Background: The rapid expansion of pediatric cardiovascular surgery, along with the increase in the number of centers and operations, has also increased the use of intraoperative transesophageal echocardiography (TEE). Preoperative TEE allows for the confirmation of diagnoses established by transthoracic echocardiography and angiography, and also identifies possible additional pathologic conditions. TEE is also used to follow up on surgical repairs, determine the need for reintervention, and evaluate myocardial performance and the need for inotropic treatment. Our intention is to share the TEE findings before and after intervention for congenital heart disease in patients who received operations at our center, and the conclusions reached.
Patients and method: From October 2009 to February 2013, 1008 patients underwent surgery for congenital heart disease. Of these, 265 were subjected to TEE in the operating room. Each patient entering the operating room with TEE planned had the echocardiography probe placed while intubated under general anesthesia. TEE studies used a GE Vivid S5. Different investigations, according to the patients' particular pathologic conditions, were also performed in addition to standard TEE studies.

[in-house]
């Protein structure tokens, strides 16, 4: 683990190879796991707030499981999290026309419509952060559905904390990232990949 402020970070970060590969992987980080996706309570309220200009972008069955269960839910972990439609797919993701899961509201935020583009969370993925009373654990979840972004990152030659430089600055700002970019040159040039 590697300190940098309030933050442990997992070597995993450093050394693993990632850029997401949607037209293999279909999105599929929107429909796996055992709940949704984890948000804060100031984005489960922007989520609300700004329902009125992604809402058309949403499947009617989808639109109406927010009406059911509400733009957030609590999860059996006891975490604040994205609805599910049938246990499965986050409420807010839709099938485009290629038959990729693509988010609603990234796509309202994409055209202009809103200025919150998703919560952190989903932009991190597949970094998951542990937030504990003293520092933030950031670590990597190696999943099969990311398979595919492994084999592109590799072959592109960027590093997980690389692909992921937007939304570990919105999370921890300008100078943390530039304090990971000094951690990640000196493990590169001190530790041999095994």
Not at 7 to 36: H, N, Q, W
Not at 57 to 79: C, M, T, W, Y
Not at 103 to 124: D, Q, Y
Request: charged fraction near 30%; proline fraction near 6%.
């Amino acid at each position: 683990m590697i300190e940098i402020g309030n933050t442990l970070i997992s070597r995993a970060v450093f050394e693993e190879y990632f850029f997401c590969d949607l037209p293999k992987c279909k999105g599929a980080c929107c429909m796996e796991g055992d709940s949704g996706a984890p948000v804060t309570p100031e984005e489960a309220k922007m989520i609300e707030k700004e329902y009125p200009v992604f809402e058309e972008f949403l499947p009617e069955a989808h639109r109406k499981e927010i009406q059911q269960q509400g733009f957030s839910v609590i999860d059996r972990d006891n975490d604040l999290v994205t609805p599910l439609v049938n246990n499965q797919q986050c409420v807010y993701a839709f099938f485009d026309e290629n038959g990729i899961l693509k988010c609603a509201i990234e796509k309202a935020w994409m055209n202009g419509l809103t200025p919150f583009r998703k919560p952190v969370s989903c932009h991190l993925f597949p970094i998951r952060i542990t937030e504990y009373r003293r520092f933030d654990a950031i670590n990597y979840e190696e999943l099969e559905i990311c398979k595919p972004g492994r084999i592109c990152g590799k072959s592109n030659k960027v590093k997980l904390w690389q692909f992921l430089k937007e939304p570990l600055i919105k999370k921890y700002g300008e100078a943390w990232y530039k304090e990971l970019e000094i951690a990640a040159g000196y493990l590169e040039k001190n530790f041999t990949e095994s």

Results: Of the 265 patients for whom surgery was indicated by transthoracic echocardiography and other appropriate examinations, 260 had the diagnosis confirmed by preoperative TEE and the indicated intervention was performed. For the remaining 5 patients (1.8%), the intervention plan was changed following preoperative TEE. Cardiopulmonary bypass was reinitiated in 12 (4.5%) patients because of residual defects identified by postoperative TEE. Thus, the preoperative plan was changed in 17 (6.4%) patients out of a total of 265 owing to preoperative and postoperative TEE findings.
Conclusion: The use of intraoperative TEE in surgical centers for congenital heart disease allows for a significant reduction in mortality and morbidity. Intraoperative TEE performed by experienced pediatric cardiologists is therefore an absolute necessity.
Keywords: Congenital Heart Disease; Intraoperative; Transesophageal Echocardiography.
© 2013 Wiley Periodicals, Inc.